Category Archives: is an arena for the discussion of issues of interest to parents, foster parents, residential child care workers, counsellors, youth support workers, social workers, teachers, mentors, social pedagogues, educateurs and to young people who are, and adults who have been, in care.

The Magic Years of Selma Fraiberg: Clinician, Researcher, and Writer. San Francisco Conference



The Sanville Institute for Clinical Social Work & Psychotherapy & the American Association for Psychoanalysis in Clinical Social Work (AASPCW) celebrate the centenary of the birth of Selma Fraiberg with a conference on Saturday March 24th,  at San Francisco State University Seven Hills Conference Center 1600 Holloway Ave.
San Francisco, CA 94132

The conference awards 6 CE credits for LCSWs, MFTs & Psychologists.




Discounts for Sanville community members, AAPCSW members, new professionals, and students. Lunch included.



Selma Fraiberg’s integration of social work and psychoanalysis had a profound impact on infant mental health, child development, psychoanalysis and the larger community. Beginning with group work with disadvantaged children and an unconventional psychoanalytic training, Fraiberg’s interventions with blind children, her groundbreaking innovations in infant mental health and her proli c writings — including her classic works, The Magic Years and Ghosts in the Nursery– have left a lasting legacy.


The Magic Years of Selma Fraiberg: Clinician, Researcher, Writer

9:00am-9:15am: Introduction
The Sanville Institute, AAPCSW, and Lisa Fraiberg 

9:15am-10:30am: Selma Fraiberg, Her Life and Work Joel Kanter, MSW, LCSW-C 

Based on archival research and interviews with a diverse array of colleagues, trainees and relatives, this presentation will review Fraiberg’s professional training in social work and psychoanalysis, her early clinical work with children’s groups, her emerging psychoanalytic expertise,
her diverse literary contributions and her important clinical research on blind infants and at-risk infant-mother dyads. The lasting impact of her contributions will be summarized.

10:30am-10:50am: Coffee Break

10:50am-12:00pm: Ghosts and Angels in the Nursery:
The Lasting Impact of Selma Fraiberg’s Legacy 

Alicia F. Lieberman, PhD 

Selma Fraiberg taught us to create a holding environment where the clinician enables parents and baby to feel safe to experience the full
range of their emotions, to explore how the past is coloring the present, and to build enjoyable new ways of relating to each other. Her most in uential contribution involved the understanding of the intergenerational transmission of psychopathology from the parents’ childhood fear and pain to their attributions to their baby in the here and now. This talk will highlight her continued in uence and the new applications of her thinking in current infant mental health practice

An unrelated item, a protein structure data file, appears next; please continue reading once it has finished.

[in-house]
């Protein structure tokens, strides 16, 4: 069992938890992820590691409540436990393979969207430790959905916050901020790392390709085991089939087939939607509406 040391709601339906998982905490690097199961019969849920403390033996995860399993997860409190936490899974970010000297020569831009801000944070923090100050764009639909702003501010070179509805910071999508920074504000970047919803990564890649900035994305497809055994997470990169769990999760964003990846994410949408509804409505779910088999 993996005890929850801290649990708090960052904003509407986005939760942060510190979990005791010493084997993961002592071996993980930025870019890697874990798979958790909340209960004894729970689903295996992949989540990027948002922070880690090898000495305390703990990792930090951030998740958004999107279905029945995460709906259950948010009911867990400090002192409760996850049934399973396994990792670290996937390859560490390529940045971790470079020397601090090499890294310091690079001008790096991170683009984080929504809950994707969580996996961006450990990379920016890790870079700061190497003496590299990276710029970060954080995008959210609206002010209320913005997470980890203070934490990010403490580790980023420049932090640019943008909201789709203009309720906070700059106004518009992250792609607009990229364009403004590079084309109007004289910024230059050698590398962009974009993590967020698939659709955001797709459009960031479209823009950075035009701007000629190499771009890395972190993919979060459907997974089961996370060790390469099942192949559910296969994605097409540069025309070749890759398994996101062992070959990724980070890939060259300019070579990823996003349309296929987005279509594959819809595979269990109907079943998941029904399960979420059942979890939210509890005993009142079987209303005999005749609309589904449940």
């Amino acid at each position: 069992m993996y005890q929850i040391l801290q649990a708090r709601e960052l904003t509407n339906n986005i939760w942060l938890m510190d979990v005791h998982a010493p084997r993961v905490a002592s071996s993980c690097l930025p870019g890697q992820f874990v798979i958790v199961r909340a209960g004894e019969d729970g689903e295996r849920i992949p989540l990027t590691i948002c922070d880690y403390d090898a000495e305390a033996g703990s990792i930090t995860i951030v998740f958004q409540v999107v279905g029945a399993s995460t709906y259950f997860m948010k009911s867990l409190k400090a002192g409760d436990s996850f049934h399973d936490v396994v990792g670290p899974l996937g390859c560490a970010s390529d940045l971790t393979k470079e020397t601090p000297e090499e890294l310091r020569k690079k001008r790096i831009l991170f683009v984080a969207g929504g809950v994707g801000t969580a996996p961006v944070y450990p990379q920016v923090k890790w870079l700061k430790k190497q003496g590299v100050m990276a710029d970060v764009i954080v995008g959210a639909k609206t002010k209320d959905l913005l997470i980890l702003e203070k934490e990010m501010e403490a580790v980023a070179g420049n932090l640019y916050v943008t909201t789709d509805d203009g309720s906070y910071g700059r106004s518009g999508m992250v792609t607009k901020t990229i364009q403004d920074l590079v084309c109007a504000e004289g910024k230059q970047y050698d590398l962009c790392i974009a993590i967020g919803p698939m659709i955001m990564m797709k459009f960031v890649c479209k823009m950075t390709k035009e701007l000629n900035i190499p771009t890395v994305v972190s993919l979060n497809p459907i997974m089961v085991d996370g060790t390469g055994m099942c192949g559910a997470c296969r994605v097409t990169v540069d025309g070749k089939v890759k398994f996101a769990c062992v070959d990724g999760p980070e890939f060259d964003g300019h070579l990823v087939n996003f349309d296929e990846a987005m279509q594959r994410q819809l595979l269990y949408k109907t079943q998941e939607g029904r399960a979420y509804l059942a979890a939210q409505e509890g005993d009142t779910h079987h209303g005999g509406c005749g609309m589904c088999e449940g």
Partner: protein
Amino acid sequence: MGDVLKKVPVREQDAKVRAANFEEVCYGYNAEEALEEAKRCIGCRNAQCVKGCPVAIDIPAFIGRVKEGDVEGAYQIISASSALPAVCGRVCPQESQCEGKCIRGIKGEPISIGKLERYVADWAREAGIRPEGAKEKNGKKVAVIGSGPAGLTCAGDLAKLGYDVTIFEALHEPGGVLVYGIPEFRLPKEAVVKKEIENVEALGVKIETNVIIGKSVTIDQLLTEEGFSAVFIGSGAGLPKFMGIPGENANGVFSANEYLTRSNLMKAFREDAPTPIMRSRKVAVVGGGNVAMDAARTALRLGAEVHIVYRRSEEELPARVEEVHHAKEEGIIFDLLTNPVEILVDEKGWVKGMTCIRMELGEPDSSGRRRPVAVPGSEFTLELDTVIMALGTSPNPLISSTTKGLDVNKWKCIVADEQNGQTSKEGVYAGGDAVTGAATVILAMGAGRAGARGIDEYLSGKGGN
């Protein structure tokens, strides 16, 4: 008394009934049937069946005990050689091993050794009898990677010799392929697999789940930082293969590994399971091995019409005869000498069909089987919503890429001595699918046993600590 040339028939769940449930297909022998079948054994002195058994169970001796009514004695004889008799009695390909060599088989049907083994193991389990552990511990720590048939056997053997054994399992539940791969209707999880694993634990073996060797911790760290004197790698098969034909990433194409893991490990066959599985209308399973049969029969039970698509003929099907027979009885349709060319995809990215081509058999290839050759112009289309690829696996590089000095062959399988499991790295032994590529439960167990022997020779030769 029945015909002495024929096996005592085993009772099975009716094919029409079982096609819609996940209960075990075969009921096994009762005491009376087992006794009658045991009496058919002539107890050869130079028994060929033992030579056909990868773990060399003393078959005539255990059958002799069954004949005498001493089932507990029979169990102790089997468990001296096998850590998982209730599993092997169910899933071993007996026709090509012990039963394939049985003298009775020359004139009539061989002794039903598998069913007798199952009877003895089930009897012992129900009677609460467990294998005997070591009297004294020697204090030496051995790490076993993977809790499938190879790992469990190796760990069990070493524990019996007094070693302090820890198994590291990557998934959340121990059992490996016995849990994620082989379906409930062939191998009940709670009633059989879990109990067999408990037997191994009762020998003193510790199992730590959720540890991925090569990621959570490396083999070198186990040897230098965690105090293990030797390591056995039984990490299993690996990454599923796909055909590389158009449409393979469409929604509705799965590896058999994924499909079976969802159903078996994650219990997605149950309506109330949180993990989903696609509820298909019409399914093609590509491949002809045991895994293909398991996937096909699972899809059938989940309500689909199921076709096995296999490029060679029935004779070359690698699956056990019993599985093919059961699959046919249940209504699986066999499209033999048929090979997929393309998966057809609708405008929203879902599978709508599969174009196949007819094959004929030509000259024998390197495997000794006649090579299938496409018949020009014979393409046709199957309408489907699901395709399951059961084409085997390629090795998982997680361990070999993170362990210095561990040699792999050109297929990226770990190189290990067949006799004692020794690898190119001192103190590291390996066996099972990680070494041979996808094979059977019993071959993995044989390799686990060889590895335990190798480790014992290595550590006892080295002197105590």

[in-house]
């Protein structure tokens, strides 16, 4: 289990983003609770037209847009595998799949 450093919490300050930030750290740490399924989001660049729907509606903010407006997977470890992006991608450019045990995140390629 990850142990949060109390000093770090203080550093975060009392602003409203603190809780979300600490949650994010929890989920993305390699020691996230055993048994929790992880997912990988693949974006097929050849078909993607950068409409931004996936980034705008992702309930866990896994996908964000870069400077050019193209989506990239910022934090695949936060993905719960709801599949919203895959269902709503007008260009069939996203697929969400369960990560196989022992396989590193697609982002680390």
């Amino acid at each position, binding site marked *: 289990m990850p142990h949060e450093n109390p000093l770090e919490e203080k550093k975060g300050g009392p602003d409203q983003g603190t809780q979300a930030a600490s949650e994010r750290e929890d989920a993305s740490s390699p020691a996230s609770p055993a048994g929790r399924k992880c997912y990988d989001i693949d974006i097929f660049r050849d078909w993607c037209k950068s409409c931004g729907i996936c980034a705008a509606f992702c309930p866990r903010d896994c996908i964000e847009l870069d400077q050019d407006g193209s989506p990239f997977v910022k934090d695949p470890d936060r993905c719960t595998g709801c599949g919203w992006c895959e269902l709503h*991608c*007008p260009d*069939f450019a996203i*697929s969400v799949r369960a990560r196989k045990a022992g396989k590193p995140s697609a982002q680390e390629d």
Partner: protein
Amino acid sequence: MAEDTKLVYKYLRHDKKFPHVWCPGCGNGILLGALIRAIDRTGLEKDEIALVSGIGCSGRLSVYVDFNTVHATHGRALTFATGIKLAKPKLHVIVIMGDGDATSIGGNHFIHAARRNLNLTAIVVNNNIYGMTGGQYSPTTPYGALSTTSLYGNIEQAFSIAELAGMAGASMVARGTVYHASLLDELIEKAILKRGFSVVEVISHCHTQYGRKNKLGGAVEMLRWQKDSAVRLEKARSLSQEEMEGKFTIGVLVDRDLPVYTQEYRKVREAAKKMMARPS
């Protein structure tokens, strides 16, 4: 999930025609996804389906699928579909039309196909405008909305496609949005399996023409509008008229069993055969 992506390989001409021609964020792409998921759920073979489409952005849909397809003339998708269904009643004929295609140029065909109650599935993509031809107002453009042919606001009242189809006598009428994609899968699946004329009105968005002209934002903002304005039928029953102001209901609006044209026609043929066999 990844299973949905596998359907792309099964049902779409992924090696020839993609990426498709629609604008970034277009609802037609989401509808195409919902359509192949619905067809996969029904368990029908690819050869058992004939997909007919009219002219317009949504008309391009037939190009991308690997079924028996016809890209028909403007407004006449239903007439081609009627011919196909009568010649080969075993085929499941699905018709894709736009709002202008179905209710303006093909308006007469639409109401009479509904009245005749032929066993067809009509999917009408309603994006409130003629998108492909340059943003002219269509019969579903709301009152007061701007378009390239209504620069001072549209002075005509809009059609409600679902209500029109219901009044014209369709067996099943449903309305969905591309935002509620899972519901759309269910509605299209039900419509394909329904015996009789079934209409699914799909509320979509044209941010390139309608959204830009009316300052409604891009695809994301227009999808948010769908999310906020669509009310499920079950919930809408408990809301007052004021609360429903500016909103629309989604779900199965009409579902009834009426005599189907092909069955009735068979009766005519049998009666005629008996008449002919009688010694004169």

12:00pm-1:15pm: Lunch

1:15pm-2:10pm: Selma Would Never Have Called It Mindfulness, But That’s Exactly What She Showed Us 

Michael Trout, MA 

Is infant mental health a strategy, or a way of being with? This keynote
will consider the origins of our eld, which was originally fueled by a deep scienti c and psychoanalytic curiosity about the nuances of infant-parent interaction, the meaning of early experience, the remarkable transferences between parental early experience and relating to the child in the present. What is most important to us, now? What would Selma say? She taught us mindfulness without ever using the then-unknown word. She taught us the bliss of modesty and not-knowing, of attunement, of following, of holding. She required the discipline of self-knowing, and resulting self-regulation.

2:10pm-3:00pm: Re ections on The Magic Years by Clinician-Mothers Today 

Elizabeth (Beth) Kita, PhD, LCSW Rebecca Mayahag, MSW, LCSW-C Christina Papanestor, LCSW, BCD 

Three clinicians who are also mothers of young children will re ect on their reading of Fraiberg’s classic The Magic Years as it impacts their current parenting experiences.

3:00pm-3:20pm: Coffee Break

3:20pm-4:10pm: Selma and Me:
Master Teacher and Trauma-obsessed Trainee 

Lenore Terr, MD 

From 1964 to 1966, Terr attended Fraiberg’s Continuous Case Conference on child treatment at the University of Michigan Children’s Psychiatric Hospital as well as presentations on Fraiberg’s research on blind babies. She will share her recollections about these interactions, discussing how she absorbed Fraiberg’s ideas and methods as she pursued her research on childhood trauma.

4:10pm-5:00pm: Video of Selma Fraiberg and concluding panel with Lisa Fraiberg and presenters 

5:00pm-5:30pm: Wine and Cheese Reception


Joel Kanter, MSW, LCSW-C: Faculty, Institute for Clinical Social Work; Distinguished Practitioner, National Academies of Practice; Author, Face to Face with Children: The Life and Legacy of Clare Winnicott